“Ginny,” Mrs. Weasley reprimanded her daughter. “That’s not the way you talk to-”
“What my elders?” Ginny rounded on her mother. “Because they certainly aren’t my betters.” When her mother made to speak again Ginny moved in front of Harry and shot out, “Really mum, you know how bad they treated Harry. After all those years of bad treatment and now they’re still causing problems.”
“Enough,” Mrs. Weasley said sharply.
‘It’s OK,” Harry said, putting a hand on each of her shoulders in case she needed to be held back.
“It isn’t. If we hadn’t heard about this you could have died tonight.” Ginny rounded on Harry, stamping her foot in frustration. Her voice was both angry and upset.
“But I didn’t.” Harry smiled weakly at her. They looked at each other for a minute. They each were trying to bring the other over to their point of view, without saying a word. After Harry gave her a pleading look to drop it, Ginny finally gave in. They hadn’t noticed that everyone in the room was watching them.
To avoid being asked questions he didn’t have the answers to, Harry quickly cast around for something to say.
“How – how did you hear about Voldemort coming to Privet Drive anyway?” he asked realized he hadn’t got an answer.
“Snape.” Ginny answered.
All eyes were on Harry again. He was angry in an instant. Before he could speak, Ginny added, “He didn’t tell us about Voldemort coming specifically, but about the Death Eaters.”
“He told you that did he?” he asked through clenched teeth. Voldemort would have come himself because Harry was like an irksome fly that he wanted to squash. He didn’t spend much time on this thought, but Harry knew it was right.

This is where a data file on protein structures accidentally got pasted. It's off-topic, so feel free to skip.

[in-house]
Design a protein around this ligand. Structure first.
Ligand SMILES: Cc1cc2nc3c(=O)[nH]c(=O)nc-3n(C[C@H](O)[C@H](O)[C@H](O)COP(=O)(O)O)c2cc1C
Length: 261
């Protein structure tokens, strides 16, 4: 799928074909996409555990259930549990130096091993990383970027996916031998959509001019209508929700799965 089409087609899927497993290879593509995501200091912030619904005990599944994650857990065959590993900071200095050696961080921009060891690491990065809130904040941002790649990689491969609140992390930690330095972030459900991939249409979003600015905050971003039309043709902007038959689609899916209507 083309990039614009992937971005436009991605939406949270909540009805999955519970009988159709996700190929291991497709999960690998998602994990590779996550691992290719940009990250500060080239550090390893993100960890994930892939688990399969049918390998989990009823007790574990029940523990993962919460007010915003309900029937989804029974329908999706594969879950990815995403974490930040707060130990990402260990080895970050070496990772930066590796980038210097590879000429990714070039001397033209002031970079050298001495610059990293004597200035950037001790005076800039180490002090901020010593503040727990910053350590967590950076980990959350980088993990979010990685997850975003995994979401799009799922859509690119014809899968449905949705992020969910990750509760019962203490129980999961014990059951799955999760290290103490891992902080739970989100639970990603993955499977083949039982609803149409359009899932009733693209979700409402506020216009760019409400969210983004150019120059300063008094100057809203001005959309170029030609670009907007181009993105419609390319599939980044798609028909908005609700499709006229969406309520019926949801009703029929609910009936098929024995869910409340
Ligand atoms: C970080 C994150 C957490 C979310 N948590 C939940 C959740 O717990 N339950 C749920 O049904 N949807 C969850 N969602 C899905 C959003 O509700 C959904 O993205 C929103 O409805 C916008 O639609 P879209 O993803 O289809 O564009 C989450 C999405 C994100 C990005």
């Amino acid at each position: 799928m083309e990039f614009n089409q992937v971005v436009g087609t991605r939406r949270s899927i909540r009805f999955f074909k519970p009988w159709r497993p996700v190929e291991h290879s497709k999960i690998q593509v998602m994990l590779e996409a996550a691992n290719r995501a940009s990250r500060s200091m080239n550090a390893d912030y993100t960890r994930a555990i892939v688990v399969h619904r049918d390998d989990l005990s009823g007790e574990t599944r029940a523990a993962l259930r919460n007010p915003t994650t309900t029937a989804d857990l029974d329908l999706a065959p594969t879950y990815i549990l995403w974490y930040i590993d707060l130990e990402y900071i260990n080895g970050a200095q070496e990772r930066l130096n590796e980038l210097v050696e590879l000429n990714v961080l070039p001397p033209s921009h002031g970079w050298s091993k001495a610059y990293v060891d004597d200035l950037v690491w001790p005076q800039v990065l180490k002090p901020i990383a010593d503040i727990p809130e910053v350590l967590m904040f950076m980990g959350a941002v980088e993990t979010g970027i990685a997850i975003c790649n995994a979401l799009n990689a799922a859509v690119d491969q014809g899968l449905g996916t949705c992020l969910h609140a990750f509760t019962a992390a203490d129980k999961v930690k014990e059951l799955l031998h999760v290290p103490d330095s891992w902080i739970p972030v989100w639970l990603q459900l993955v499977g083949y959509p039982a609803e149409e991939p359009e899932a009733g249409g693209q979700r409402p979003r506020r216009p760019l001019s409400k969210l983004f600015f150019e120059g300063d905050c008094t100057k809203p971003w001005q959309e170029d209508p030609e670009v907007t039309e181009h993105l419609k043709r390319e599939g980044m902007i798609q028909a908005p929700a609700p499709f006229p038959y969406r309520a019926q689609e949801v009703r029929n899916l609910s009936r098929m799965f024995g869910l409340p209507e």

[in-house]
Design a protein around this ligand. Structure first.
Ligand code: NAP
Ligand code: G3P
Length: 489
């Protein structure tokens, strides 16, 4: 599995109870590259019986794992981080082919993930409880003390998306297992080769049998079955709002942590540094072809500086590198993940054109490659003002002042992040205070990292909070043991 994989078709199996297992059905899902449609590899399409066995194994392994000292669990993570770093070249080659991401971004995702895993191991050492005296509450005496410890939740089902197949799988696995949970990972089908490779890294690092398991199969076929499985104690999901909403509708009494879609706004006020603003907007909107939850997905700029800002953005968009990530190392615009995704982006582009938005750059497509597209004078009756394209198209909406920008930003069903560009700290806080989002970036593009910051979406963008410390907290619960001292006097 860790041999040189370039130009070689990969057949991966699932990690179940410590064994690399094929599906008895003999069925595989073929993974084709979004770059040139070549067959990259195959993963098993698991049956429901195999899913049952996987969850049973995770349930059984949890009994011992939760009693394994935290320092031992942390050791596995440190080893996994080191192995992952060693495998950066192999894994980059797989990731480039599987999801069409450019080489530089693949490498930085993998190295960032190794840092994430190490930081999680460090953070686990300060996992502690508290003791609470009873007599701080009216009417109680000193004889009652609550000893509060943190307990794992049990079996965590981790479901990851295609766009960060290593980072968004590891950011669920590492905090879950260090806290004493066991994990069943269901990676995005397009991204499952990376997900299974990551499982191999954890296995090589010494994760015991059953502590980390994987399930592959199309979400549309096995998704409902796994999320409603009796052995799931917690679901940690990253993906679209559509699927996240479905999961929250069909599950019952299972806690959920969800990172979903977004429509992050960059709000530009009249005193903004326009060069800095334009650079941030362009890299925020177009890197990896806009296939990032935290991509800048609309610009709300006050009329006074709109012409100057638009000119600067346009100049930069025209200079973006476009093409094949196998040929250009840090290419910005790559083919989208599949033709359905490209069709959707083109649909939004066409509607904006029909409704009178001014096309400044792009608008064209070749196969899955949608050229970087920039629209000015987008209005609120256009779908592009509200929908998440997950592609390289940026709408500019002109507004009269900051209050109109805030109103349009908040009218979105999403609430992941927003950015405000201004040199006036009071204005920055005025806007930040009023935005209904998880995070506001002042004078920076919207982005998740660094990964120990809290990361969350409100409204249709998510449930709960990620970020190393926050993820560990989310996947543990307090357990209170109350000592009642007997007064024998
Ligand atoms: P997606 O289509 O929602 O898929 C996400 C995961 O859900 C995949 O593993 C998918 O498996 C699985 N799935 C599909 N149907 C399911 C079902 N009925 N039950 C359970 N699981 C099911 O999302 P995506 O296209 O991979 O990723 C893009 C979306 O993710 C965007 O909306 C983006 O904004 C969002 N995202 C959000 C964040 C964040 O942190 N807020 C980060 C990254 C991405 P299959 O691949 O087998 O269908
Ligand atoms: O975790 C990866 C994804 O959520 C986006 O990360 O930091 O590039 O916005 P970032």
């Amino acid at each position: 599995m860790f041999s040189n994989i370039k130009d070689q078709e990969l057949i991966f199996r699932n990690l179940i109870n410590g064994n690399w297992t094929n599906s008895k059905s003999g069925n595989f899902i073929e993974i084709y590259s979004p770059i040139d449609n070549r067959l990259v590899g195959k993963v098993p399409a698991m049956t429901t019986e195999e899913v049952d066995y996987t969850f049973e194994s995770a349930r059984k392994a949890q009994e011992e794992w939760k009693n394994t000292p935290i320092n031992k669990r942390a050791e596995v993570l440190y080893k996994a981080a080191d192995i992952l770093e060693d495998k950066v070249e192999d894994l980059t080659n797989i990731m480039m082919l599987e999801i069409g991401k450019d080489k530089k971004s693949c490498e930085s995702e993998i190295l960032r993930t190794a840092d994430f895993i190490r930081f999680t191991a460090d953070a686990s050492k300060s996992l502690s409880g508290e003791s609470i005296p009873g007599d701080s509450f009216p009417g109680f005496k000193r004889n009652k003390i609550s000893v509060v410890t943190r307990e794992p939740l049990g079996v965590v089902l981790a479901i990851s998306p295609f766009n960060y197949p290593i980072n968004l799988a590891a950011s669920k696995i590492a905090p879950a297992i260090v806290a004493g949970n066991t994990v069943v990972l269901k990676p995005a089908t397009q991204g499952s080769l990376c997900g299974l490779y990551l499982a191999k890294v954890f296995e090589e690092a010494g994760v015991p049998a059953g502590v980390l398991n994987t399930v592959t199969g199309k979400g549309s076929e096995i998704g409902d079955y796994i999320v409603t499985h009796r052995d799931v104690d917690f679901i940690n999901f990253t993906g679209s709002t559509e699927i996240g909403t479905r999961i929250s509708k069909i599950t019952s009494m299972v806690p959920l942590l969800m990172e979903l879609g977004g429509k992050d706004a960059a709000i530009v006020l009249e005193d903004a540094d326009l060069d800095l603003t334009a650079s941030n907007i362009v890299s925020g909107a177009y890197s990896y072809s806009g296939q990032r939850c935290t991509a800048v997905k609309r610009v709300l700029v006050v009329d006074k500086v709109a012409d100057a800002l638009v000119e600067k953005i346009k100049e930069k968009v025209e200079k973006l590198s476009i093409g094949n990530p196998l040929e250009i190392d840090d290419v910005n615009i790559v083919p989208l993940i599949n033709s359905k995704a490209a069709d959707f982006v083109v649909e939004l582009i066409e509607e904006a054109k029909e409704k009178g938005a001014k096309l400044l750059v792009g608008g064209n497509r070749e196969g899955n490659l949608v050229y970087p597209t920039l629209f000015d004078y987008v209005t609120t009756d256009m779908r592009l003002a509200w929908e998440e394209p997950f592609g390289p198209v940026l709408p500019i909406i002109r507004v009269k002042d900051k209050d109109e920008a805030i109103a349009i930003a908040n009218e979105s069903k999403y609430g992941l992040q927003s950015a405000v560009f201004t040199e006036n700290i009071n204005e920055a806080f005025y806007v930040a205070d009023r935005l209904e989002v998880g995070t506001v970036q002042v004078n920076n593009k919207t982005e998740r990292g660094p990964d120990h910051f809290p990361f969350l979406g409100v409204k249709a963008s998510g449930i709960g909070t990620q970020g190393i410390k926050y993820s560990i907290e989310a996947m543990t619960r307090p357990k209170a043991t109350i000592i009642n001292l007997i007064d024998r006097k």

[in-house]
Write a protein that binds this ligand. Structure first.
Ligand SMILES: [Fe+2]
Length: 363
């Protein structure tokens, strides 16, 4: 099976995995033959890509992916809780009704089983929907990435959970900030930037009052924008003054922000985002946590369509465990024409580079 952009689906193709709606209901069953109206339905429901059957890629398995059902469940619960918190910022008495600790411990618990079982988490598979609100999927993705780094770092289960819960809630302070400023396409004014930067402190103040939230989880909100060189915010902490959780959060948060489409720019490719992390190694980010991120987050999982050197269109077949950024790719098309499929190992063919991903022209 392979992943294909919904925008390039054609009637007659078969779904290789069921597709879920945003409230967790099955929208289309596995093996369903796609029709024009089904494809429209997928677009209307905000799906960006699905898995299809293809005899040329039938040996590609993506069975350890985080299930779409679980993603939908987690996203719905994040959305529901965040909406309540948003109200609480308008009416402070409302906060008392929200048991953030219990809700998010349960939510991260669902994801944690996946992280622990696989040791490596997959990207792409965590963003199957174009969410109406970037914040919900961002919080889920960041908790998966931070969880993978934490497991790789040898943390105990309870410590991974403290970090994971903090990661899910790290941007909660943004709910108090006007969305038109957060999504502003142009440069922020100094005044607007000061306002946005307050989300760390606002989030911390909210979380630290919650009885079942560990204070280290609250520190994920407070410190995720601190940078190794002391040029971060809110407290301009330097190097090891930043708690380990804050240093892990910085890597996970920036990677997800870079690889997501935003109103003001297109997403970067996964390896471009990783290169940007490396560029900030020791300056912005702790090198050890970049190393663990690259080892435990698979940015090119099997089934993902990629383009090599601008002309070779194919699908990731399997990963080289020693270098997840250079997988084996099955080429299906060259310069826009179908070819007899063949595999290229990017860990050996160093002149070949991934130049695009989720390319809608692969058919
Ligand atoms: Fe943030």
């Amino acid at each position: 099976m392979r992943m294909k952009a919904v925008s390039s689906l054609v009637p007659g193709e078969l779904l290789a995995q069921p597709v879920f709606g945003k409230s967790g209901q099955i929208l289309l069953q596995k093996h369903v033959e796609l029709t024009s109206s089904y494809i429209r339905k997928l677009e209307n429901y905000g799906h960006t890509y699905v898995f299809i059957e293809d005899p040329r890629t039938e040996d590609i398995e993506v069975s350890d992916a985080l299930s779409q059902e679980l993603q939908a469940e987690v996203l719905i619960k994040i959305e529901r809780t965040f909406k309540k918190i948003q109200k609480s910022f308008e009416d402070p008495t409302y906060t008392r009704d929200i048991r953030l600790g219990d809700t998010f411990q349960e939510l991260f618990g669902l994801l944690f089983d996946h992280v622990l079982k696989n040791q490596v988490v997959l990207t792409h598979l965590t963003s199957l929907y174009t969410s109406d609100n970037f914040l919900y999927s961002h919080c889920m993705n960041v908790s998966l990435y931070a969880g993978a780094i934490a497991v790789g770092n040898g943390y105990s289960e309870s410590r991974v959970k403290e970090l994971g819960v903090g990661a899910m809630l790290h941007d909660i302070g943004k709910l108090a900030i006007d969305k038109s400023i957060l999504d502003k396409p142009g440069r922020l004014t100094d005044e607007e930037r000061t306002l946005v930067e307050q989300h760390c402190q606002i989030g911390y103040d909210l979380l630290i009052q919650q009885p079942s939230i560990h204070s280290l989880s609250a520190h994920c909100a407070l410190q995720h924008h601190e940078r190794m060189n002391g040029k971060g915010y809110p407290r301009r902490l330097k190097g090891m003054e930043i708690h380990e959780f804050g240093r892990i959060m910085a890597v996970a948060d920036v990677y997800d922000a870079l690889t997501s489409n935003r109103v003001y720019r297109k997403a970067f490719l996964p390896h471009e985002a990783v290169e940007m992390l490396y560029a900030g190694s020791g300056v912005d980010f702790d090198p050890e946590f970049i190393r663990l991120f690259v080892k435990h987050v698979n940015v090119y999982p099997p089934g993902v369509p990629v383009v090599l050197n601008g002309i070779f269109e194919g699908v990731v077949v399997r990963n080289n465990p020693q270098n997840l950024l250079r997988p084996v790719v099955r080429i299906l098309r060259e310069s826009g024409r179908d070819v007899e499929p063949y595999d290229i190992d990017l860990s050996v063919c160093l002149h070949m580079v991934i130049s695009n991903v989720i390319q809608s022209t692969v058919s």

“Yes. And its good he did otherwise all hell could have broke loose,” Charlie said.
“Why is he even still out there?” Harry roared. “You obviously saw him. How could you let him get away after her murdered Dumbledore?”
“He explained that. It was a long standing arrangement between them,” Lupin said calmly.
“Yeah right,” Harry snorted in disbelief. “You don’t really believe his rubbish?” he shot at Lupin, and the rest. “What else was he going to say?” He started stomping around the room furiously. “I don’t want him here.” He said finally.
“Harry –” started Lupin again.
“No, this is my house –” he flinched at the words, it was the first time he could recall saying them. ” – and if I don’t want him here that’s my choice.”
Harry was still fuming and he felt that if they stayed on the topic of that greasy–haired git he just might start breaking things.
“So why are they here anyway?” Harry alighted upon his aunt and uncle. A more important and perplexing question occurred to him. How had they even got to Grimmauld Place? The only people that could find this place were ones that had been told of its location by the secret keeper. Dumbledore was dead there was no way that he could have told them. Unless . . .
Several thoughts occurred to Harry. Maybe Aunt Petunia was in contact with Dumbledore. Perhaps the headmaster had kept in contact with her after the Dementor attack. Wait, Harry thought to himself, the day Dumbledore had come to get him from Privet Drive he had mentioned the location of this house. How could Harry not have realized how odd this was? He supposed that he had been paying much more attention to the conversation that was going on and how the Dursleys were reacting to being rapped smartly on the head by floating glasses of mead. They were able to see number twelve, Grimmauld Place because the secret keeper had revealed its location to them.
Aunt Petunia was fidgeting, Harry was sure it was still her revulsion due to the state of the place.